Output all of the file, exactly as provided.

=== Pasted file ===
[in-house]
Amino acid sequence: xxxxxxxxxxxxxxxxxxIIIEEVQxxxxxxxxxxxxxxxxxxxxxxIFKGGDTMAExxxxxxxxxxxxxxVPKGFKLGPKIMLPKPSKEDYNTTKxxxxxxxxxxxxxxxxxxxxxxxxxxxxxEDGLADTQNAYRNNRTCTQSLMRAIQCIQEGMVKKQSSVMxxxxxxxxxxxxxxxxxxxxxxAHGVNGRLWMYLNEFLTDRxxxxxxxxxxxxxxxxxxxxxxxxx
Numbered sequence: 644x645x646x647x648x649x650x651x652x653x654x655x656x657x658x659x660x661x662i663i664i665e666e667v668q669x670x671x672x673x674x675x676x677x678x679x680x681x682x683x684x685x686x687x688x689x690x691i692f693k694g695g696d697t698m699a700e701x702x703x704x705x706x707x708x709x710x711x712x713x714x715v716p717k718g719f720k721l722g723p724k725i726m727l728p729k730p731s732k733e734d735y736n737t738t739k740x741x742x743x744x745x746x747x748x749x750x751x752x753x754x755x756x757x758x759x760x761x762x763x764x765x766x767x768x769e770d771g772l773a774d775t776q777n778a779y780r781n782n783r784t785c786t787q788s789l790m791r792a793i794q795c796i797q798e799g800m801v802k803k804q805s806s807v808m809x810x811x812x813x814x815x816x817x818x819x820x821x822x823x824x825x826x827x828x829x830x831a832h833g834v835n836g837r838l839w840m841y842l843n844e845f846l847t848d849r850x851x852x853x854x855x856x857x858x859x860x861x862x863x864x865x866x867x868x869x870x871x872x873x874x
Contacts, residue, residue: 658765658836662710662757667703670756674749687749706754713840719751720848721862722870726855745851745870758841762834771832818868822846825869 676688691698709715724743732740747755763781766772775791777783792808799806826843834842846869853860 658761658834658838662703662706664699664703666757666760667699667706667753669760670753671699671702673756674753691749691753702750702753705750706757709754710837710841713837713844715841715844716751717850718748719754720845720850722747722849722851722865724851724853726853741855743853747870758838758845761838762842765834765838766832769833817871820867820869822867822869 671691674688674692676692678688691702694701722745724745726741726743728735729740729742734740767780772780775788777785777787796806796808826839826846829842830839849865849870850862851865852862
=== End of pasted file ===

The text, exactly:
[in-house]
Amino acid sequence: xxxxxxxxxxxxxxxxxxIIIEEVQxxxxxxxxxxxxxxxxxxxxxxIFKGGDTMAExxxxxxxxxxxxxxVPKGFKLGPKIMLPKPSKEDYNTTKxxxxxxxxxxxxxxxxxxxxxxxxxxxxxEDGLADTQNAYRNNRTCTQSLMRAIQCIQEGMVKKQSSVMxxxxxxxxxxxxxxxxxxxxxxAHGVNGRLWMYLNEFLTDRxxxxxxxxxxxxxxxxxxxxxxxxx
Numbered sequence: 644x645x646x647x648x649x650x651x652x653x654x655x656x657x658x659x660x661x662i663i664i665e666e667v668q669x670x671x672x673x674x675x676x677x678x679x680x681x682x683x684x685x686x687x688x689x690x691i692f693k694g695g696d697t698m699a700e701x702x703x704x705x706x707x708x709x710x711x712x713x714x715v716p717k718g719f720k721l722g723p724k725i726m727l728p729k730p731s732k733e734d735y736n737t738t739k740x741x742x743x744x745x746x747x748x749x750x751x752x753x754x755x756x757x758x759x760x761x762x763x764x765x766x767x768x769e770d771g772l773a774d775t776q777n778a779y780r781n782n783r784t785c786t787q788s789l790m791r792a793i794q795c796i797q798e799g800m801v802k803k804q805s806s807v808m809x810x811x812x813x814x815x816x817x818x819x820x821x822x823x824x825x826x827x828x829x830x831a832h833g834v835n836g837r838l839w840m841y842l843n844e845f846l847t848d849r850x851x852x853x854x855x856x857x858x859x860x861x862x863x864x865x866x867x868x869x870x871x872x873x874x
Contacts, residue, residue: 658765658836662710662757667703670756674749687749706754713840719751720848721862722870726855745851745870758841762834771832818868822846825869 676688691698709715724743732740747755763781766772775791777783792808799806826843834842846869853860 658761658834658838662703662706664699664703666757666760667699667706667753669760670753671699671702673756674753691749691753702750702753705750706757709754710837710841713837713844715841715844716751717850718748719754720845720850722747722849722851722865724851724853726853741855743853747870758838758845761838762842765834765838766832769833817871820867820869822867822869 671691674688674692676692678688691702694701722745724745726741726743728735729740729742734740767780772780775788777785777787796806796808826839826846829842830839849865849870850862851865852862